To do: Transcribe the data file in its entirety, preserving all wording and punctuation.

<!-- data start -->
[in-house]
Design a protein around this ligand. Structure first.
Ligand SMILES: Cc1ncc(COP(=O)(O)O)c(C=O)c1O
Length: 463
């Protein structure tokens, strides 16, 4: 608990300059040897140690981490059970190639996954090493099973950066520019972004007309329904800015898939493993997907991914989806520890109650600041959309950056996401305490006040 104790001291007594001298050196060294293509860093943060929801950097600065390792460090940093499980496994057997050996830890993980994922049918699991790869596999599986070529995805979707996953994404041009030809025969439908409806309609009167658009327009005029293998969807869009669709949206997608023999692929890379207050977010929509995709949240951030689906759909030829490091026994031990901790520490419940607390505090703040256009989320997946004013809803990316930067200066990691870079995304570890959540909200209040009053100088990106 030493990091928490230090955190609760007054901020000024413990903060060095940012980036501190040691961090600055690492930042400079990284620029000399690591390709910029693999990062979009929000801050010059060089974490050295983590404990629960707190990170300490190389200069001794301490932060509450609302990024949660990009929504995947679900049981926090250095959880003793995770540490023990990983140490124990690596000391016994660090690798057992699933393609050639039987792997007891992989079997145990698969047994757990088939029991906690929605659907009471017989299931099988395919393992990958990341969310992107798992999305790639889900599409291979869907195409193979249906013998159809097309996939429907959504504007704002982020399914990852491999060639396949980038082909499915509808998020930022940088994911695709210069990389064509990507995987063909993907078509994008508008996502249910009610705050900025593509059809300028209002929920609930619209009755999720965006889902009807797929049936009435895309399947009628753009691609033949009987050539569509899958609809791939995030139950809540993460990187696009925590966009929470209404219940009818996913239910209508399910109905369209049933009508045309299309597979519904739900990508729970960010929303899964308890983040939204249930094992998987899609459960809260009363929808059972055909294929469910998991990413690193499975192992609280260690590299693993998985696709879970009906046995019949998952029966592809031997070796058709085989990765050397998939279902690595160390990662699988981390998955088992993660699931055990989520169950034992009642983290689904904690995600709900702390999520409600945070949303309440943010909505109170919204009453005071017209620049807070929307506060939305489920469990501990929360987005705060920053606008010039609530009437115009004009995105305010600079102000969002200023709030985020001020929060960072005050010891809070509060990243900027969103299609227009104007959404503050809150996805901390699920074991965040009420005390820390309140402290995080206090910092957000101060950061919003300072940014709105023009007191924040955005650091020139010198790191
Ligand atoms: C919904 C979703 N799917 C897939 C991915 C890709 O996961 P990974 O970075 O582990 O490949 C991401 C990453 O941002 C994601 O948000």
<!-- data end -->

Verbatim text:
[in-house]
Design a protein around this ligand. Structure first.
Ligand SMILES: Cc1ncc(COP(=O)(O)O)c(C=O)c1O
Length: 463
């Protein structure tokens, strides 16, 4: 608990300059040897140690981490059970190639996954090493099973950066520019972004007309329904800015898939493993997907991914989806520890109650600041959309950056996401305490006040 104790001291007594001298050196060294293509860093943060929801950097600065390792460090940093499980496994057997050996830890993980994922049918699991790869596999599986070529995805979707996953994404041009030809025969439908409806309609009167658009327009005029293998969807869009669709949206997608023999692929890379207050977010929509995709949240951030689906759909030829490091026994031990901790520490419940607390505090703040256009989320997946004013809803990316930067200066990691870079995304570890959540909200209040009053100088990106 030493990091928490230090955190609760007054901020000024413990903060060095940012980036501190040691961090600055690492930042400079990284620029000399690591390709910029693999990062979009929000801050010059060089974490050295983590404990629960707190990170300490190389200069001794301490932060509450609302990024949660990009929504995947679900049981926090250095959880003793995770540490023990990983140490124990690596000391016994660090690798057992699933393609050639039987792997007891992989079997145990698969047994757990088939029991906690929605659907009471017989299931099988395919393992990958990341969310992107798992999305790639889900599409291979869907195409193979249906013998159809097309996939429907959504504007704002982020399914990852491999060639396949980038082909499915509808998020930022940088994911695709210069990389064509990507995987063909993907078509994008508008996502249910009610705050900025593509059809300028209002929920609930619209009755999720965006889902009807797929049936009435895309399947009628753009691609033949009987050539569509899958609809791939995030139950809540993460990187696009925590966009929470209404219940009818996913239910209508399910109905369209049933009508045309299309597979519904739900990508729970960010929303899964308890983040939204249930094992998987899609459960809260009363929808059972055909294929469910998991990413690193499975192992609280260690590299693993998985696709879970009906046995019949998952029966592809031997070796058709085989990765050397998939279902690595160390990662699988981390998955088992993660699931055990989520169950034992009642983290689904904690995600709900702390999520409600945070949303309440943010909505109170919204009453005071017209620049807070929307506060939305489920469990501990929360987005705060920053606008010039609530009437115009004009995105305010600079102000969002200023709030985020001020929060960072005050010891809070509060990243900027969103299609227009104007959404503050809150996805901390699920074991965040009420005390820390309140402290995080206090910092957000101060950061919003300072940014709105023009007191924040955005650091020139010198790191
Ligand atoms: C919904 C979703 N799917 C897939 C991915 C890709 O996961 P990974 O970075 O582990 O490949 C991401 C990453 O941002 C994601 O948000």